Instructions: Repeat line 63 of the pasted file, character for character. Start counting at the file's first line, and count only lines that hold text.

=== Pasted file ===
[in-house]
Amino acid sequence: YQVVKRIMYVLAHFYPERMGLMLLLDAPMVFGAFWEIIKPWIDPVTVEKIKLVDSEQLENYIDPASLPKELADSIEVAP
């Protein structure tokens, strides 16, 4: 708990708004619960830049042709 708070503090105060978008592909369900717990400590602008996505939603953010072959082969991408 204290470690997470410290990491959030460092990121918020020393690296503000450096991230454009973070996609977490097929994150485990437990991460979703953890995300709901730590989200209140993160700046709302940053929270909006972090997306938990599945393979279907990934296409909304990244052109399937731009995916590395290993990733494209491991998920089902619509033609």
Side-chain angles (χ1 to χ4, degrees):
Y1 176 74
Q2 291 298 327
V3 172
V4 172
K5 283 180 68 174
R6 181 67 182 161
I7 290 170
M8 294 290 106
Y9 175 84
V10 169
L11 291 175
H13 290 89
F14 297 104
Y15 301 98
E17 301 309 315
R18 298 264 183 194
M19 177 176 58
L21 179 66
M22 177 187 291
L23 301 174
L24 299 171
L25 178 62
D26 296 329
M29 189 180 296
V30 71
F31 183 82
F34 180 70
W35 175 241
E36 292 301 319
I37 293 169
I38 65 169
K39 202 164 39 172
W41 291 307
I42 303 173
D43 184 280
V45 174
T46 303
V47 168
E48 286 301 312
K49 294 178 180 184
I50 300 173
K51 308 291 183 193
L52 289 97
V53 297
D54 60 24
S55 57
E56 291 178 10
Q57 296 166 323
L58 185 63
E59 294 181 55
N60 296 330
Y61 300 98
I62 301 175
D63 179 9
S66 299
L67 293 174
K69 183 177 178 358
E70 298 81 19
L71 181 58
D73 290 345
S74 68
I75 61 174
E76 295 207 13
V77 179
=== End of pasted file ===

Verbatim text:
L71 181 58